Hue Jackson is scheduled to interview with the 49ers Sunday, four seasons removed from being fired by the Raiders despite finishing 8-8 and one game short of the playoffs.
Jackson was many things in his two years with the Raiders, the first as offensive coordinator and second as head coach. Jackson was brash and confident, two traits he passed on to offenses which underwent a remarkable upgrade almost immediately upon his arrival.
Owner Al Davis hired Jackson to run the offense for head coach Tom Cable, an arranged marriage which saw the Raiders go from 17 touchdowns to 37 in a single season and go from an anemic 197 points to 410 in 2010.
A force of nature during practice, Jackson livened things up with a running stream of trash talk as well as offensive creativity and common sense. One of the first things he did as coordinator was go to running back Darren McFadden, ask him his favorite plays, then immediately add them to the play list.
McFadden flourished and in 2010 and the first six games of 2011 as one of the NFL’s top running backs until sidelined by a Lisfranc injury. His second season, Jackson coaxed 64 receptions and 975 yards out of Darrius Heyward-Bey, Davis’ size-speed project taken with the No. 7 pick of the 2009 draft.
Since Davis, as we later learned, was building a grievance file on Cable which he would detail in his last press conference with the local media, Jackson was the natural choice to become the next head coach.
Jackson, aware of the crash-and-burn endings of predecessors Lane Kiffin and Cable, made sure he kept the lines of communications open with Davis, calling him “coach” and praising him at every opportunity.
When Davis passed away on Oct. 8, Jackson stepped into a leadership vacuum and looked like the man to lead the Raiders into a new era.
But things are never simple with the Raiders. The season ended with a thud, a 38-26 home loss to the San Diego Chargers which could have given the Raiders the AFC West.
Within a month, Mark Davis, intent on bringing in a general manger to remake the front office, hired Reggie McKenzie on the advice of confidants such as Ron Wolf and John Madden without conducting any other interviews.
One of McKenzie’s first acts was to fire Jackson and eventually bring in Dennis Allen, precipitating a three-year run of 11-37 until the Raiders improved to 7-9 this season under Jack Del Rio.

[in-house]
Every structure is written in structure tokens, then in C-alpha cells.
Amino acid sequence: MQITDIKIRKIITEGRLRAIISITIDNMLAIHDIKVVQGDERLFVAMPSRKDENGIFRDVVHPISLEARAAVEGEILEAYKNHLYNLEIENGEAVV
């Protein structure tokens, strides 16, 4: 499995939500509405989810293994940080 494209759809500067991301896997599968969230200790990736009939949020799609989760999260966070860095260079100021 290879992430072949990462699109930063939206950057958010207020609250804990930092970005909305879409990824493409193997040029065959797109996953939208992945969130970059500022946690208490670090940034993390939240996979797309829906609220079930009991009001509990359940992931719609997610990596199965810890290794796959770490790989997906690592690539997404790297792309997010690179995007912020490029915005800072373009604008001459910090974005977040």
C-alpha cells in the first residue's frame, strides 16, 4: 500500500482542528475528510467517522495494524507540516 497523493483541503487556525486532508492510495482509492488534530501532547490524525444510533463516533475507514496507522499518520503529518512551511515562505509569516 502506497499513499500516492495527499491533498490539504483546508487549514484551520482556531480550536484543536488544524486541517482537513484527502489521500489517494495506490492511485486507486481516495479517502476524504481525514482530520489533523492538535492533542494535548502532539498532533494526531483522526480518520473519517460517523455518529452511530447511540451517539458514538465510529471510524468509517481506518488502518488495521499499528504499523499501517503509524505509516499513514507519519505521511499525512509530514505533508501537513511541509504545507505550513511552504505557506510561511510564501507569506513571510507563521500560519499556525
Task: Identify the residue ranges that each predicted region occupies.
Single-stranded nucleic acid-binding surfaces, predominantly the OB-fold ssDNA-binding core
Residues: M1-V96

Jackson’s undoing was partially his fault, given a candid post-game outburst after the loss to the Chargers. Usually one to shower and change before meeting the media, Jackson eschewed the cooling off period and spoke his mind.
He excoriated his team and its effort in a lengthy and emotional diatribe. At its conclusion, Jackson promised change even though he had zero authority to do so.
“I’m going to take a stronger hand in this whole team, this whole organization,” Jackson said. “There ain’t no way I’m going to feel like I feel today a year from now, I promise you that. There’s no question. Defensively, offensively and special teams. I ain’t feeling like this no more. This is a joke. I’m going to take a hand in everything that goes on here.”
You could look at it as a coach who cares passionately about seeing his team improve. Mark Davis and upper management didn’t see it that way. It prompted some inside “Al Haig” jokes, invoking the former Secretary of State who believed he was “in control” following an assassination attempt on President Reagan.
One part of upper management _ CEO Amy Trask _ was very much in Jackson’s corner. The problem? Trask began to recede into the background following Al Davis’ death and soon it was clear her time with the organization was growing short.
It was an unfortunate turn for Jackson, and clearly not merited based on the job he did coaching the Raiders. But Jackson was also a very strong-minded leader with ideas of his own, and it’s hard to see him toeing the company line when McKenzie began dismantling the roster.
As good a coach as Jackson was, the Raiders weren’t going anywhere with McKenzie putting forth a roster dominated with dead money that went to players who were either elsewhere or out of football. That included Carson Palmer, the quarterback whom Jackson lobbied to bring aboard via trade in 2011.
McKenzie needed a coach who would be so happy to have the job he would be on board with a plan that would surely lead to double-digit losses for at least a year and probably more.
It happens all the time in business _ capable supervisors are cast aside at the whim of new management.
Go ahead and assume Jackson will make sure he and Trent Baalke and any other general manager he speaks to in the coming weeks are on same page with the goal of writing a happy ending this time around.